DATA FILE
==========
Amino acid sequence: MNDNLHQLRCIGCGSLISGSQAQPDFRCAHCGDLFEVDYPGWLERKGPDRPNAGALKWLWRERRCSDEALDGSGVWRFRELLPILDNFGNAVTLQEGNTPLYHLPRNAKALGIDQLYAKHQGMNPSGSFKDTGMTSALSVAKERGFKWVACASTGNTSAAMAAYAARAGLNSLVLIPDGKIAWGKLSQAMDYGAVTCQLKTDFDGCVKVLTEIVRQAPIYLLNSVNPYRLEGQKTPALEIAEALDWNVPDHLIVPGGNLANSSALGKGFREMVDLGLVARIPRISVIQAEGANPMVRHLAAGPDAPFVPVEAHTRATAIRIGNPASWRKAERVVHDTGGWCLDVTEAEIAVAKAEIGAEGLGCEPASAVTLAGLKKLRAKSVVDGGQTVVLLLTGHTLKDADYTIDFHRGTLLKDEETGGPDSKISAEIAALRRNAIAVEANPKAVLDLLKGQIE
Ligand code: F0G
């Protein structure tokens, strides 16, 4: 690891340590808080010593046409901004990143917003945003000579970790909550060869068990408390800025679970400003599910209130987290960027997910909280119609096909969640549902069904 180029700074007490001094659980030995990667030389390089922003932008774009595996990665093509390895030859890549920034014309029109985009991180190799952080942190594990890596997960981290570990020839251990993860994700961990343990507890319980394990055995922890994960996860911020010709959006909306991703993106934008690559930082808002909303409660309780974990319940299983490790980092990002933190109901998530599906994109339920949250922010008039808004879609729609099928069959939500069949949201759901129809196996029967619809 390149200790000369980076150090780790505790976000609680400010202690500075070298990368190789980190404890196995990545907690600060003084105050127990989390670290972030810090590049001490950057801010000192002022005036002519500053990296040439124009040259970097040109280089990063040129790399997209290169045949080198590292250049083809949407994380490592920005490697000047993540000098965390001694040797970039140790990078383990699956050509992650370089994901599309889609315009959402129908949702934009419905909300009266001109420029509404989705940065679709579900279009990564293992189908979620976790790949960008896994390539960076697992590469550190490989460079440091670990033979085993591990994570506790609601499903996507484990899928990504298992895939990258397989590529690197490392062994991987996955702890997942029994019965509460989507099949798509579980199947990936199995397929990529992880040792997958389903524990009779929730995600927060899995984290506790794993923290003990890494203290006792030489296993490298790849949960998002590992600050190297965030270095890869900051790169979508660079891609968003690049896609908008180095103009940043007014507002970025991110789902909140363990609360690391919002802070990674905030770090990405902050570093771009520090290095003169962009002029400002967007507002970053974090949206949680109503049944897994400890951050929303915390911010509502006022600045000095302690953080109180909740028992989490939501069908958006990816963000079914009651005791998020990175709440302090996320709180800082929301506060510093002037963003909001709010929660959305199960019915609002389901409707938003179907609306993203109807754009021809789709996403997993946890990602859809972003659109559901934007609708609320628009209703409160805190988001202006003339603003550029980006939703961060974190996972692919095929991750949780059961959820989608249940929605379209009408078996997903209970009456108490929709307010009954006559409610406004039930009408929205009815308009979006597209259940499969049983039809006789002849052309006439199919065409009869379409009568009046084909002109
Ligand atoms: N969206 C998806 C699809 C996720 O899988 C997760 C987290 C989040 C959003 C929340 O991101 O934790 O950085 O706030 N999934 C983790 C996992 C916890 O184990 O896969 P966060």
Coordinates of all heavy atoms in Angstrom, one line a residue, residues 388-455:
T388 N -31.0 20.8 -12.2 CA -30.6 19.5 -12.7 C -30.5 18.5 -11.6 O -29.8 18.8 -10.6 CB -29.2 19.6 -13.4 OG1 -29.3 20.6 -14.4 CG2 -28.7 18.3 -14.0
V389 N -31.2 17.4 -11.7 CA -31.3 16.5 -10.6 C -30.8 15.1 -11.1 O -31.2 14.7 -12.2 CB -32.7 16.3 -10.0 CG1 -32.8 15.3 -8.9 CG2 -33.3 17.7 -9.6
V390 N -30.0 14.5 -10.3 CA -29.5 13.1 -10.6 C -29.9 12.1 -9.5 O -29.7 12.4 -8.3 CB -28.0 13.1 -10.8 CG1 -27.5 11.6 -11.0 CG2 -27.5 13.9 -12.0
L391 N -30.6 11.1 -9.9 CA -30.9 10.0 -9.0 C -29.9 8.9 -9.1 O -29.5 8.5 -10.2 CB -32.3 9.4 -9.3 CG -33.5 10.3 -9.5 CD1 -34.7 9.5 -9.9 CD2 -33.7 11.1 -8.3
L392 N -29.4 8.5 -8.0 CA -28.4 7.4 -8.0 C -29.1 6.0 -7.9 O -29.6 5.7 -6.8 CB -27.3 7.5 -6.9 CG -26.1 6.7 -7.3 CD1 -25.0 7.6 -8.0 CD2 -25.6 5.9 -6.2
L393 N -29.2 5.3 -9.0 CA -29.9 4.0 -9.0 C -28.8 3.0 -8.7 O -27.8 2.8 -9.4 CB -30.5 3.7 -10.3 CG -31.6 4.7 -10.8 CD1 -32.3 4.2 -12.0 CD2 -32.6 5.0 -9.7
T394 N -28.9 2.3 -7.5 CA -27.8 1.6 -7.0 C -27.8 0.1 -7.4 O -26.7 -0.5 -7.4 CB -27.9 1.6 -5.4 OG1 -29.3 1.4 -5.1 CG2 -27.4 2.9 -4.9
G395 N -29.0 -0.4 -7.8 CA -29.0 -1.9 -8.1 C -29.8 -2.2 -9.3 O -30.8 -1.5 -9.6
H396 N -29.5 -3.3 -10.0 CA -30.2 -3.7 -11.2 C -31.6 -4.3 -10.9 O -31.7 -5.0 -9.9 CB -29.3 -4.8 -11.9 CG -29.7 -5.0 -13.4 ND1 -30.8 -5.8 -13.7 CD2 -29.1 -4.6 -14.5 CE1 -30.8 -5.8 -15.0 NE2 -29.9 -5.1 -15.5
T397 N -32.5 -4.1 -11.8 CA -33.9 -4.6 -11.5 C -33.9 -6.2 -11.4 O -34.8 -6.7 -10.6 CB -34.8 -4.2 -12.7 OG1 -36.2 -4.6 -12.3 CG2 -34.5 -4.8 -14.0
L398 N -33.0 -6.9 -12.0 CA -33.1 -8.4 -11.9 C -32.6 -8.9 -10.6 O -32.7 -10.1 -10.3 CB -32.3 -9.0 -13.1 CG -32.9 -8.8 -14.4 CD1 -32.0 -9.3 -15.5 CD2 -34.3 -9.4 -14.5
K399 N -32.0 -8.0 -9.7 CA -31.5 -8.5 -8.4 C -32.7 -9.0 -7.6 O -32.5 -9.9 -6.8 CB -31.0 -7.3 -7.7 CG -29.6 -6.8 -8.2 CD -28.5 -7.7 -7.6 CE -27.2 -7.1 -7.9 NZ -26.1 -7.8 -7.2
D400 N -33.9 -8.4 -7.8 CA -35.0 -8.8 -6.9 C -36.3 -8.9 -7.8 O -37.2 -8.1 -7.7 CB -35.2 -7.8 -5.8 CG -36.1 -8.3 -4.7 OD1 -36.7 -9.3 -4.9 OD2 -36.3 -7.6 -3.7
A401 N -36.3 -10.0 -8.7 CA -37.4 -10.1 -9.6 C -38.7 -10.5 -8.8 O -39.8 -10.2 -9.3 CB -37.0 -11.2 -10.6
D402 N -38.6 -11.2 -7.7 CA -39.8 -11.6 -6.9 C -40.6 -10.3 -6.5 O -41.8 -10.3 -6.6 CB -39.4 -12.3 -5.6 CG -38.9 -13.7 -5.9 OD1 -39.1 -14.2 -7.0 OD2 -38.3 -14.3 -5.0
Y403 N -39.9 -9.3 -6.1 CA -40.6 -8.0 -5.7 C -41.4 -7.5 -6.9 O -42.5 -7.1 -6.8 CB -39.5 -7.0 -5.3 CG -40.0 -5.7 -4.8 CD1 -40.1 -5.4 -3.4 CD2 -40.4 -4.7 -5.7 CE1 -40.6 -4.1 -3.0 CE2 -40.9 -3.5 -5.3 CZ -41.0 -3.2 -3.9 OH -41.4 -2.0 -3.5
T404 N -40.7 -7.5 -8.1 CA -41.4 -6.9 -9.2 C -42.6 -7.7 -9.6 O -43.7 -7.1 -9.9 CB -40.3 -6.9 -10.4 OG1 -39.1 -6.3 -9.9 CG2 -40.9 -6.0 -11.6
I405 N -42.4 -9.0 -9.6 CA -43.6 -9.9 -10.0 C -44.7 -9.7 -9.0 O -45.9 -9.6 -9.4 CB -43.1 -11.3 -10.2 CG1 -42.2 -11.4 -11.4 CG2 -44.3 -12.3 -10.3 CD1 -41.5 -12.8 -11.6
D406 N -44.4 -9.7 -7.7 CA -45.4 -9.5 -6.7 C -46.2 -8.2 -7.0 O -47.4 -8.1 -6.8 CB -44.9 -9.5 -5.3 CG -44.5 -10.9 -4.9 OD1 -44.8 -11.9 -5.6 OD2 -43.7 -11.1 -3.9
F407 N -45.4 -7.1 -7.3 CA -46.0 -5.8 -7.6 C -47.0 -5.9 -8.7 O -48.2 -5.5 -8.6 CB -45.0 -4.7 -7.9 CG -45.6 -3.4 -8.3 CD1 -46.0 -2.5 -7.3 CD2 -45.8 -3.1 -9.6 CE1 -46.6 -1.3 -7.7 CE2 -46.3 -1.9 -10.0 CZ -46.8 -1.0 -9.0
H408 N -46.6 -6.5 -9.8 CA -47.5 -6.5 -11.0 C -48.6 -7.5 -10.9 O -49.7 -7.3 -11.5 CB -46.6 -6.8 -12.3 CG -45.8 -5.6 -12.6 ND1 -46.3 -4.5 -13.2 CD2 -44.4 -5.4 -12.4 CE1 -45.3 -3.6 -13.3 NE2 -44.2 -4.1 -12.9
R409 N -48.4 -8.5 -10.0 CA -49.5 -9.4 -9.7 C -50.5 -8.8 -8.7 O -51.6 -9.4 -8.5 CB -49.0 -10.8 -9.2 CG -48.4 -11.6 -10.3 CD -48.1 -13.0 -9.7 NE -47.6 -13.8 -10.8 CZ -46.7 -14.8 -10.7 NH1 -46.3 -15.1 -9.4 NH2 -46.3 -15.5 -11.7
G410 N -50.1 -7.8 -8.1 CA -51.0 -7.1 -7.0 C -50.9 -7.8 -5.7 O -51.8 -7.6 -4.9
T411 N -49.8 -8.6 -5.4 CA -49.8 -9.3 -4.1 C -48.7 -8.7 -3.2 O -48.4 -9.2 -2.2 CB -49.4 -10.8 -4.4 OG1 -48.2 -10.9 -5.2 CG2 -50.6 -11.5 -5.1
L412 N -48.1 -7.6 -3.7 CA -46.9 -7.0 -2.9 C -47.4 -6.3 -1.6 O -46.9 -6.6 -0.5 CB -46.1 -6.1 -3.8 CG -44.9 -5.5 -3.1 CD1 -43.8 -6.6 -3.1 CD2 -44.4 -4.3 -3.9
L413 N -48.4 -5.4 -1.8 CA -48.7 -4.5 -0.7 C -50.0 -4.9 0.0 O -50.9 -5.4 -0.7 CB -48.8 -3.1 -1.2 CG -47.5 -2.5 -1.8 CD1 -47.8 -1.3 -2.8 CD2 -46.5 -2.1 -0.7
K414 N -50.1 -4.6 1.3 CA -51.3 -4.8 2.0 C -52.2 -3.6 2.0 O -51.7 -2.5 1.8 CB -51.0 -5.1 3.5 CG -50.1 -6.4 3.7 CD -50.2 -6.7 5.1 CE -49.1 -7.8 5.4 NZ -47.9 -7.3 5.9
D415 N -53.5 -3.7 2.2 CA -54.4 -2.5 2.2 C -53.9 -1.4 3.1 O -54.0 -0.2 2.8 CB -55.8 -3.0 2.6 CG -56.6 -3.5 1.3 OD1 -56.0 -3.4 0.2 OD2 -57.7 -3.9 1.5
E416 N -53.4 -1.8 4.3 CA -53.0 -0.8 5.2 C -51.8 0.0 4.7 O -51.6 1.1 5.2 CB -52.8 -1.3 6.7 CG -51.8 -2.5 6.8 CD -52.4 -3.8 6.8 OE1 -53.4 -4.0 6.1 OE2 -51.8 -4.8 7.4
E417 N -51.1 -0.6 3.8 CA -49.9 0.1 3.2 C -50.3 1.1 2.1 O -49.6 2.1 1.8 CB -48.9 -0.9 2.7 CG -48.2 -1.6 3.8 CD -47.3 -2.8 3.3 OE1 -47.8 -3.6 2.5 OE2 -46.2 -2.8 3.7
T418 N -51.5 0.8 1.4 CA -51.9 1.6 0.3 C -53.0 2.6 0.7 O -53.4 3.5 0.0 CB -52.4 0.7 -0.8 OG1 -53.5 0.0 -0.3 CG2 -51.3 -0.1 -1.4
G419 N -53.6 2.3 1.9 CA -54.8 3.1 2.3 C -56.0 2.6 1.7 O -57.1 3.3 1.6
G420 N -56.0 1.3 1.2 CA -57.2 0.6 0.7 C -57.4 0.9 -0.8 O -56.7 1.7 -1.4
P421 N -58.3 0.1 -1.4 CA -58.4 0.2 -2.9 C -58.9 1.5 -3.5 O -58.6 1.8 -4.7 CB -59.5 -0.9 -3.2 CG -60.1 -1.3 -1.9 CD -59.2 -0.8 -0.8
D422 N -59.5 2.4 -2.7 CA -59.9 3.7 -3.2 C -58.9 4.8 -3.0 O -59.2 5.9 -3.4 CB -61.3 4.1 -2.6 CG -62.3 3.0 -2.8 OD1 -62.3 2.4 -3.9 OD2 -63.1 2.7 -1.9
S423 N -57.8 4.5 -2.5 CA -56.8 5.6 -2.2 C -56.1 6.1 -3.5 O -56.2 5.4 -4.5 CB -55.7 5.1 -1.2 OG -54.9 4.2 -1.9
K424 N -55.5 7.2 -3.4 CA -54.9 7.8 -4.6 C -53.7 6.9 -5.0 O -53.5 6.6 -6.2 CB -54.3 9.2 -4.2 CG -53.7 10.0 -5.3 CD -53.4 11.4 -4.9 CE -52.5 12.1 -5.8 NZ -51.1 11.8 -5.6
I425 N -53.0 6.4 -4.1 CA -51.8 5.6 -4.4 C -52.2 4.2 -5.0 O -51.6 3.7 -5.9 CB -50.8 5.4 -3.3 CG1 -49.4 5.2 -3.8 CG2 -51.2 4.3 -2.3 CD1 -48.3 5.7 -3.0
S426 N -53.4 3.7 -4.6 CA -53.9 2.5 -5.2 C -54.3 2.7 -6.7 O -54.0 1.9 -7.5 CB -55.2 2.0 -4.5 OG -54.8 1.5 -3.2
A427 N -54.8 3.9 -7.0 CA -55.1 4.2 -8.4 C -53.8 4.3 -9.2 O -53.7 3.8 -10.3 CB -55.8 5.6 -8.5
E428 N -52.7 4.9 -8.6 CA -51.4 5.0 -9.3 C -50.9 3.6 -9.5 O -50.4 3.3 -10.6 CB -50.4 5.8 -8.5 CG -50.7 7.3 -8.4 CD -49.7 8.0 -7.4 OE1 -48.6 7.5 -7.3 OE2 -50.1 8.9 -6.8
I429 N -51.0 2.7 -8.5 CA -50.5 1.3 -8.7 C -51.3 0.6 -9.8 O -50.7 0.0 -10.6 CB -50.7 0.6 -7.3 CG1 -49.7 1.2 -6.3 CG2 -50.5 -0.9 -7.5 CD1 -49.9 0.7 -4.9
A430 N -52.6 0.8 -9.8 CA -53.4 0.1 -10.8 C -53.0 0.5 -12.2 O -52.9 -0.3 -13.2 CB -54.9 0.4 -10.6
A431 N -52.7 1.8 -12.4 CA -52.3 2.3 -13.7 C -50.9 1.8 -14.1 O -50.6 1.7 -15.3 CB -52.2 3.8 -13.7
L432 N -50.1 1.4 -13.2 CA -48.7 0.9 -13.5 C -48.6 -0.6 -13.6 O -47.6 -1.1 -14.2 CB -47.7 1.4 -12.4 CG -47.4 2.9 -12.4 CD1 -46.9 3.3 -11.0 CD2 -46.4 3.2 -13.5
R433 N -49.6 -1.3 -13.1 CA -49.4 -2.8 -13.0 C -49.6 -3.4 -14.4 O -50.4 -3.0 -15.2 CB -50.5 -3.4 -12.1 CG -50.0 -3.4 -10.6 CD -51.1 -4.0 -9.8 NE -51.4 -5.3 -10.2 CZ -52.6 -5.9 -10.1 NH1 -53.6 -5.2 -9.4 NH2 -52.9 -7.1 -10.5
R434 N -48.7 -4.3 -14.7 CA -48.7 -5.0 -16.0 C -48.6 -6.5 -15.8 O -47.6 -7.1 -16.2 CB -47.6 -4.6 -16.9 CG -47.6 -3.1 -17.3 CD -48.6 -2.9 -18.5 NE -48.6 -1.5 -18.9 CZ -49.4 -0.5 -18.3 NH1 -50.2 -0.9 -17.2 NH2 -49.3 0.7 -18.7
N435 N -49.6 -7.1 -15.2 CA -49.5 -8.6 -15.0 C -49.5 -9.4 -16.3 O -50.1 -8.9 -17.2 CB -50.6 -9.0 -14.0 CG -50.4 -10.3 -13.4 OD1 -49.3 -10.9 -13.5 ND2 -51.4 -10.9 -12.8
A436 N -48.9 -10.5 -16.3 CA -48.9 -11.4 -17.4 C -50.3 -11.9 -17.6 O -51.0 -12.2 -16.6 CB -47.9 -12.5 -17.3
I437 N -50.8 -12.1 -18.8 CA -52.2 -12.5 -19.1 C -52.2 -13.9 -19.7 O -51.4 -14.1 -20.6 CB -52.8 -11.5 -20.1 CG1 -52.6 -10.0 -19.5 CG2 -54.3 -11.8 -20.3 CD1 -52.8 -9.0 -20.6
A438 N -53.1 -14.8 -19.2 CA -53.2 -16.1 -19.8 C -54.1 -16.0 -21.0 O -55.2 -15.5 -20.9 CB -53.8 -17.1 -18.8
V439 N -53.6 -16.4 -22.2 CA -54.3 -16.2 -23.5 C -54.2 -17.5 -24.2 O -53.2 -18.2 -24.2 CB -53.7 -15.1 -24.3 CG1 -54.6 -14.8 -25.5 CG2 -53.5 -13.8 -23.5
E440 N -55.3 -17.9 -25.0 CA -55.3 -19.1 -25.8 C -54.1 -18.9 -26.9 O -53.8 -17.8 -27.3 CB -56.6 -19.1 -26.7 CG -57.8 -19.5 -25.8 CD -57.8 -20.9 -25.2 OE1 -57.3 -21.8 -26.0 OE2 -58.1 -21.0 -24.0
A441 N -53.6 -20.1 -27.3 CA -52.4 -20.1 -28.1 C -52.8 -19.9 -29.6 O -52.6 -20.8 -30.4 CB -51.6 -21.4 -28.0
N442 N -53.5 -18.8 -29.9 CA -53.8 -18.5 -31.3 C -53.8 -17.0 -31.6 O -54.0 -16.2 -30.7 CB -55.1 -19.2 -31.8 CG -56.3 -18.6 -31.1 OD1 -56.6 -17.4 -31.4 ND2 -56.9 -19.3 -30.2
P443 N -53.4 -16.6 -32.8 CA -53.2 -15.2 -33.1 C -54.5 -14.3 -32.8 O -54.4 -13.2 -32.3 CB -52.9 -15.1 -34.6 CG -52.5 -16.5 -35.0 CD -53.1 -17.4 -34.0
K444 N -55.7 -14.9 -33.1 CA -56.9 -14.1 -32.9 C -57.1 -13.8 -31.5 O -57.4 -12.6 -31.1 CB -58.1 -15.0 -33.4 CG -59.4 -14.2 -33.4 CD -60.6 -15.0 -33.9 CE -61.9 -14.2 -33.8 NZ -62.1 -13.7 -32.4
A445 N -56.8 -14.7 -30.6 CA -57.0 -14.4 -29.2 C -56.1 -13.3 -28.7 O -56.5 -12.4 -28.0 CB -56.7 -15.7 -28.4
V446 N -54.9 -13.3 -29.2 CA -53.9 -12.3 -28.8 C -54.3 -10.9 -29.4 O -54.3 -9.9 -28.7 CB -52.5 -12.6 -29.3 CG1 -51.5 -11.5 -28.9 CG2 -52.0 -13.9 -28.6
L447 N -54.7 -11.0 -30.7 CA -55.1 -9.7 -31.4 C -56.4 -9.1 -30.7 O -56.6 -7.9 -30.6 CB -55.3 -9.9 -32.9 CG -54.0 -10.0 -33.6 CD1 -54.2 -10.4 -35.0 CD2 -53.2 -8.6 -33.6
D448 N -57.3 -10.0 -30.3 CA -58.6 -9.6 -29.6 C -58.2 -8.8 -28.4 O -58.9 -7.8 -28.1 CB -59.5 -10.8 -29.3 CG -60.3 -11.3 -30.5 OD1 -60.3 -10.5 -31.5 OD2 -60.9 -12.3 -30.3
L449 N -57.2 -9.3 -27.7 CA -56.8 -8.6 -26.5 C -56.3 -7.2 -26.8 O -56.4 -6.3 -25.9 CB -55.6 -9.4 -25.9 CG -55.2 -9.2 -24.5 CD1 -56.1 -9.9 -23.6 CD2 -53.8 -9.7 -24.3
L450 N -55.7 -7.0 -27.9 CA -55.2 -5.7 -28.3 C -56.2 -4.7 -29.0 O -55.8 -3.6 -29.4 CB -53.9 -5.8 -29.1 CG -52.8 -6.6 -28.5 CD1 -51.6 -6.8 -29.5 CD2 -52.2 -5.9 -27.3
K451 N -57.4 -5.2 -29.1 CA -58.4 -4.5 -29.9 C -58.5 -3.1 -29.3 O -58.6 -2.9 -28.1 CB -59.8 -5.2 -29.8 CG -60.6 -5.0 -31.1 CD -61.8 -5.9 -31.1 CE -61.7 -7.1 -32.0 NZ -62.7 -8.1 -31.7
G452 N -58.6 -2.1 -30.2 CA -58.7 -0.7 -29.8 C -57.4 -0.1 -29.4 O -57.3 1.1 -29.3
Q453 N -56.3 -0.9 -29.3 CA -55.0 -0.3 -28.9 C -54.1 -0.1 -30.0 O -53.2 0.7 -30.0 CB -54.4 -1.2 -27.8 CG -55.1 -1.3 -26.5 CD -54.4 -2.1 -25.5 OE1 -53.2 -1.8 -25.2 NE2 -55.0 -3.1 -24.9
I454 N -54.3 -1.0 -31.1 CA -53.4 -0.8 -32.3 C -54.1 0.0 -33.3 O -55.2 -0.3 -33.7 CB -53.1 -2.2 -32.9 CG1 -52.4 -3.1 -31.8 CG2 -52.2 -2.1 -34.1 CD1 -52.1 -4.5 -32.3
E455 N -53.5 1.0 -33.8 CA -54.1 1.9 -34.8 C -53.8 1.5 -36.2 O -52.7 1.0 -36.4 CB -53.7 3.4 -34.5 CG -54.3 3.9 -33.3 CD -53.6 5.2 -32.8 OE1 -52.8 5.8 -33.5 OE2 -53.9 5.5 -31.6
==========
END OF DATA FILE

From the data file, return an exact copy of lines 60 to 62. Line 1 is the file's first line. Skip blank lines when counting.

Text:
N442 N -53.5 -18.8 -29.9 CA -53.8 -18.5 -31.3 C -53.8 -17.0 -31.6 O -54.0 -16.2 -30.7 CB -55.1 -19.2 -31.8 CG -56.3 -18.6 -31.1 OD1 -56.6 -17.4 -31.4 ND2 -56.9 -19.3 -30.2
P443 N -53.4 -16.6 -32.8 CA -53.2 -15.2 -33.1 C -54.5 -14.3 -32.8 O -54.4 -13.2 -32.3 CB -52.9 -15.1 -34.6 CG -52.5 -16.5 -35.0 CD -53.1 -17.4 -34.0
K444 N -55.7 -14.9 -33.1 CA -56.9 -14.1 -32.9 C -57.1 -13.8 -31.5 O -57.4 -12.6 -31.1 CB -58.1 -15.0 -33.4 CG -59.4 -14.2 -33.4 CD -60.6 -15.0 -33.9 CE -61.9 -14.2 -33.8 NZ -62.1 -13.7 -32.4